It´s a heredoc sintax:
A third way to delimit strings is the heredoc syntax: <<<. After this operator, an identifier is provided, then a newline. The string itself follows, and then the same identifier again to close the quotation.
The closing identifier must begin in the first column of the line. Also, the identifier must follow the same naming rules as any other label in PHP: it must contain only alphanumeric characters and underscores, and must start with a non-digit character or underscore.
You can read more about this in the php documentation
$mystring = <<<EOT
This is some PHP text.
It is completely free
I can use "double quotes"
and 'single quotes',
plus $variables too, which will
be properly converted to their values,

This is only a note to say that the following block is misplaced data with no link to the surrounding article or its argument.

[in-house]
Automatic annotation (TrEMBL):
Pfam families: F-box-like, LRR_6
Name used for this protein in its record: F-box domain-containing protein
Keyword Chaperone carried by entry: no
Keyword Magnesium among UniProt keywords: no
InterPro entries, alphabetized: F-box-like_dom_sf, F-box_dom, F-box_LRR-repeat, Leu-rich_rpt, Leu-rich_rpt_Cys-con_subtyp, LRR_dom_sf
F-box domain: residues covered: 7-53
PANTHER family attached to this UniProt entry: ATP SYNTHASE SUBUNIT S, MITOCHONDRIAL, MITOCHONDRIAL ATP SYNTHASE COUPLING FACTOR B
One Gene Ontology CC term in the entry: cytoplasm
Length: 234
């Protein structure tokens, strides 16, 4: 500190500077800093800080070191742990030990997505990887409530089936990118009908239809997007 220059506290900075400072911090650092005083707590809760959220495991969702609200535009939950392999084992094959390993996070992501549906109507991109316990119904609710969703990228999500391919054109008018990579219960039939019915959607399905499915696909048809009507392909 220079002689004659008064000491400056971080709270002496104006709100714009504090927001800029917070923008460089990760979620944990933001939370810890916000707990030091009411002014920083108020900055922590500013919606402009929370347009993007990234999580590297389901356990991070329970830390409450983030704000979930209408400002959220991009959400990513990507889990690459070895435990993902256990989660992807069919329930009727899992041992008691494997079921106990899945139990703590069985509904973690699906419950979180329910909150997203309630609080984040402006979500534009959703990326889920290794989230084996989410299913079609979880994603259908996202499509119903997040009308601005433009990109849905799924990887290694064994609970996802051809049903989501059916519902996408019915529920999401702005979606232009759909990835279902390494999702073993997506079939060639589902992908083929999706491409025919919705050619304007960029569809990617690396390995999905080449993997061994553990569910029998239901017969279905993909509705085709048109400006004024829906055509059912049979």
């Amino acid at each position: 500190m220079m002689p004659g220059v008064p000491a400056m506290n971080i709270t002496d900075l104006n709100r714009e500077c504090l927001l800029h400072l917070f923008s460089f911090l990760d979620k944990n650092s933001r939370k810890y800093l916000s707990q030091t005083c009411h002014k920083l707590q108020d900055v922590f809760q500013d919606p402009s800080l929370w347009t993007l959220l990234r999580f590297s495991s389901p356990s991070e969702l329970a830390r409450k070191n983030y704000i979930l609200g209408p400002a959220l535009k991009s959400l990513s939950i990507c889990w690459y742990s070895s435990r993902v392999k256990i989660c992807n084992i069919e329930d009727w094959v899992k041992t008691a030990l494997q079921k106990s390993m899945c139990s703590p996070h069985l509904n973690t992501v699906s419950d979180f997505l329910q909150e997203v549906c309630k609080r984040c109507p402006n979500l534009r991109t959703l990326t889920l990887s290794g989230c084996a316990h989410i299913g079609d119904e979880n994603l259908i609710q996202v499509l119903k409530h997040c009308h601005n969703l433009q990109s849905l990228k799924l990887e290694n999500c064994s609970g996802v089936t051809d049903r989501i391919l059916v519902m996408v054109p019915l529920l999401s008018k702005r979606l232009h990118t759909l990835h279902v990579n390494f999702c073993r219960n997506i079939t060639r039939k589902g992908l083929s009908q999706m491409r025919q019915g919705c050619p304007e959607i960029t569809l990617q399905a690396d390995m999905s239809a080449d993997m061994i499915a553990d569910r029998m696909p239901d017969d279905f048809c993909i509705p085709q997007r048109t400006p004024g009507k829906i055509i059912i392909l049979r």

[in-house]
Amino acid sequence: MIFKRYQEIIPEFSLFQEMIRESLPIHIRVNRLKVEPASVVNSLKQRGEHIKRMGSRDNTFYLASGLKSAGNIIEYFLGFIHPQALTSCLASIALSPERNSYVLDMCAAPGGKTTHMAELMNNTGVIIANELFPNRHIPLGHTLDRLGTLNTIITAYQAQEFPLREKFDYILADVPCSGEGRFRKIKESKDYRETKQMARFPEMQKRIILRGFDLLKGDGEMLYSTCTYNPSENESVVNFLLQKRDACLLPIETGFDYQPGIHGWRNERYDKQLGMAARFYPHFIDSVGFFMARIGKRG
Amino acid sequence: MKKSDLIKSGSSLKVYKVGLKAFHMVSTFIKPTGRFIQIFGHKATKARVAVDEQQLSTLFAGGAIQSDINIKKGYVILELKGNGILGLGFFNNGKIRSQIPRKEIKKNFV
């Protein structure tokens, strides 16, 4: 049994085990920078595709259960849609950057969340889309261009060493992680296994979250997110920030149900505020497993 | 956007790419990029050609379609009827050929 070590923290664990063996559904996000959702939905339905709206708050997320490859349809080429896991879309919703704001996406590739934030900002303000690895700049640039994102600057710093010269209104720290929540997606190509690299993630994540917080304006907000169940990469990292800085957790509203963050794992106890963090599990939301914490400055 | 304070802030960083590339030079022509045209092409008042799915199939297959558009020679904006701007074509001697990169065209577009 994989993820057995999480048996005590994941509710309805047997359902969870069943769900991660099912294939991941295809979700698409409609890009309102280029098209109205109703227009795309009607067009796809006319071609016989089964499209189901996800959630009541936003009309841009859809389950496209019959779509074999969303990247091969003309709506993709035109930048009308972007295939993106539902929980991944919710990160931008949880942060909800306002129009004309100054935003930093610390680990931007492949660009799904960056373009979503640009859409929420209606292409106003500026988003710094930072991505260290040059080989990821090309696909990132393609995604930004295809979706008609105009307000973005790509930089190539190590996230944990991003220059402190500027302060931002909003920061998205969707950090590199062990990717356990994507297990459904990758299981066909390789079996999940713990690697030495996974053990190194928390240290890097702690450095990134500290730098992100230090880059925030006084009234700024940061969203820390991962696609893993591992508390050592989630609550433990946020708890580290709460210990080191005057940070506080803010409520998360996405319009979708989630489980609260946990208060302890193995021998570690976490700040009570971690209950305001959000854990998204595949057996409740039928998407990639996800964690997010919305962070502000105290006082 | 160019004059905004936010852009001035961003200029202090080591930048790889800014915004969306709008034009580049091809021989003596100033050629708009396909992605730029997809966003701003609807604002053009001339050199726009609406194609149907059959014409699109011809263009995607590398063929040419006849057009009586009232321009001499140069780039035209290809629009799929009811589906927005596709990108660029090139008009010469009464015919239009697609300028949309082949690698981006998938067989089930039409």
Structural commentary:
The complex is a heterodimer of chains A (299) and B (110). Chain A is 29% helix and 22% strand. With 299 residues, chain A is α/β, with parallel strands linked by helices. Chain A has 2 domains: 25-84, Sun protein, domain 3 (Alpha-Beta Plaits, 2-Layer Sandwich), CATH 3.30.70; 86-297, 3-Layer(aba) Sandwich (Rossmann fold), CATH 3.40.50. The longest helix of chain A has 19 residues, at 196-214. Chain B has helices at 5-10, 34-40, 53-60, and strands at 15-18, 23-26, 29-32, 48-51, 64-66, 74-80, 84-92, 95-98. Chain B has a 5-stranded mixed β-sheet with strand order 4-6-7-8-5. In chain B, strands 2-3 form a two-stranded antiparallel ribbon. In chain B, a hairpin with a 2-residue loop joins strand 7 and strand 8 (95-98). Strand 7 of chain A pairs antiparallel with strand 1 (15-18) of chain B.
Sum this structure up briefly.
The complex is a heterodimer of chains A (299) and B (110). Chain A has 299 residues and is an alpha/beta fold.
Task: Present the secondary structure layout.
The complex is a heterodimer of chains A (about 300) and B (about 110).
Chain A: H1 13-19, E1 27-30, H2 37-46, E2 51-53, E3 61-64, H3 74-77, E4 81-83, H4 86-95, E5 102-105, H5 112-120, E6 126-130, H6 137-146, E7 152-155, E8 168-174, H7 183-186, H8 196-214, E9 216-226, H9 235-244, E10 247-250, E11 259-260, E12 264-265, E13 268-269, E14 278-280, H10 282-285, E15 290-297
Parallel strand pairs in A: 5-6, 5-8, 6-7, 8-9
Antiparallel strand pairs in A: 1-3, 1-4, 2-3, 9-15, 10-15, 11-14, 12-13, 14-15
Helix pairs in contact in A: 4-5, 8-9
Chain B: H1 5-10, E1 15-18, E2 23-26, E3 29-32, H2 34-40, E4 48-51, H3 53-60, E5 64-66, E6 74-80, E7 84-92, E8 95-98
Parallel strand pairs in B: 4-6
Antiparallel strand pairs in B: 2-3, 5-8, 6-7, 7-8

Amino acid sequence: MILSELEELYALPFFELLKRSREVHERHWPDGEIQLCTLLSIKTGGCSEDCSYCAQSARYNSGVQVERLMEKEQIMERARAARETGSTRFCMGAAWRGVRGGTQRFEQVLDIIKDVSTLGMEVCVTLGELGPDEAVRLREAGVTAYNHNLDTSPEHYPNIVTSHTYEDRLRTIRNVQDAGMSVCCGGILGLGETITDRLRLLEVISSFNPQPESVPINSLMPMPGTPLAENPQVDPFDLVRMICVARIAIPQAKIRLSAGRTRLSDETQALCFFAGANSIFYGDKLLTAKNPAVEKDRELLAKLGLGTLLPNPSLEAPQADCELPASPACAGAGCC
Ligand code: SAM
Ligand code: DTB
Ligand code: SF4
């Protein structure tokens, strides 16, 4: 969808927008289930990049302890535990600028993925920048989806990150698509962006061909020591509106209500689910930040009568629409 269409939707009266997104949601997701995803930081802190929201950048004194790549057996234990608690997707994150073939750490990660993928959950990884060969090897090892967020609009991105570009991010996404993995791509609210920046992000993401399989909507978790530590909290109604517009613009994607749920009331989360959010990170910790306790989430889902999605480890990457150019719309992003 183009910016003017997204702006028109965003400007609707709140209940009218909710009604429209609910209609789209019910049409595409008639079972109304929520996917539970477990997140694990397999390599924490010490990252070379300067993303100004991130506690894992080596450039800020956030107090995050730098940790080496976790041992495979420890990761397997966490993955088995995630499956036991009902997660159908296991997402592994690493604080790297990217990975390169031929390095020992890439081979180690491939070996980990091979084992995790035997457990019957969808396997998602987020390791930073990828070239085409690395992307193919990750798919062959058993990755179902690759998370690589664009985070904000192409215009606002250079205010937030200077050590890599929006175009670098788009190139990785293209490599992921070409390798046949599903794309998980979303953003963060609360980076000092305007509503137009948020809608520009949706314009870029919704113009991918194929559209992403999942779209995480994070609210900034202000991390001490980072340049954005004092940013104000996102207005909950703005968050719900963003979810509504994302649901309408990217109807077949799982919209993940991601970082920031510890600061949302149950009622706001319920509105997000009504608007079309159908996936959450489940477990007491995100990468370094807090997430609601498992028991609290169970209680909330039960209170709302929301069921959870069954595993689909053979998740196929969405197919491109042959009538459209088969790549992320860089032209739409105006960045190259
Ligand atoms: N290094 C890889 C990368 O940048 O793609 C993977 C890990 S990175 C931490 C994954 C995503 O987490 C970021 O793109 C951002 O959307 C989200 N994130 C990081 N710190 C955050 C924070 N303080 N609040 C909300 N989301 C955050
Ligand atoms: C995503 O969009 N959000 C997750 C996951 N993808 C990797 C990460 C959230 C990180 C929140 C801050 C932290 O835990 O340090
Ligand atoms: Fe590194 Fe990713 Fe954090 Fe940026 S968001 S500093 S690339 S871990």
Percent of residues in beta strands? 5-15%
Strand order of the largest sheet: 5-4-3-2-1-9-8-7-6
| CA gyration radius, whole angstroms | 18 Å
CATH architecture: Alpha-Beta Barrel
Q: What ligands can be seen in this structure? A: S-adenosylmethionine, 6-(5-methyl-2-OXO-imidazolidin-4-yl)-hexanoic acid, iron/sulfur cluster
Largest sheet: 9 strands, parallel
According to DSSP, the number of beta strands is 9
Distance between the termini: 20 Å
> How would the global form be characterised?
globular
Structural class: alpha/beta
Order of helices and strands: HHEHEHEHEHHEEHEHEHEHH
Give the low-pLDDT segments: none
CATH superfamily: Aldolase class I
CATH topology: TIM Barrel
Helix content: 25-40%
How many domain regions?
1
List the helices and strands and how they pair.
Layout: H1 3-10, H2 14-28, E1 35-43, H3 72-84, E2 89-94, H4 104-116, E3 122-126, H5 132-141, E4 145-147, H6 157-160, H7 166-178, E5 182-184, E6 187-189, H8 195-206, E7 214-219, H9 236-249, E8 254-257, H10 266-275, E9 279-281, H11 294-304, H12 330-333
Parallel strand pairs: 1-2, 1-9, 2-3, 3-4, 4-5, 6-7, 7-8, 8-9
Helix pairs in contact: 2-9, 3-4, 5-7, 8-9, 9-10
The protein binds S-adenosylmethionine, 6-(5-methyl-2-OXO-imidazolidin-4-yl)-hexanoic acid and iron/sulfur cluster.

you can even type EOT, as long as it
is not alone on a line, like this:
There are several key things to note about heredoc, and the example above:
You can use anything you like; "EOT" is just an example
You need to use <<< before the delimiter to tell PHP you want to enter heredoc mode
Variable substitution is used in PHP, which means you do need to escape dollar symbols - if you do not, PHP will attempt variable replacement.
You can use your delimiter anywhere in the text, but not in the first column of a new line
At the end of the string, just type the delimiter with no spaces around it, followed by a semi-colon to end the statement
Without heredoc syntax, complicated string assignments can quickly become very messy. Heredoc is not used all that often in the wild - very often you will wish it were used more, because too many scripts you will come across have messy code as a result of not using heredoc!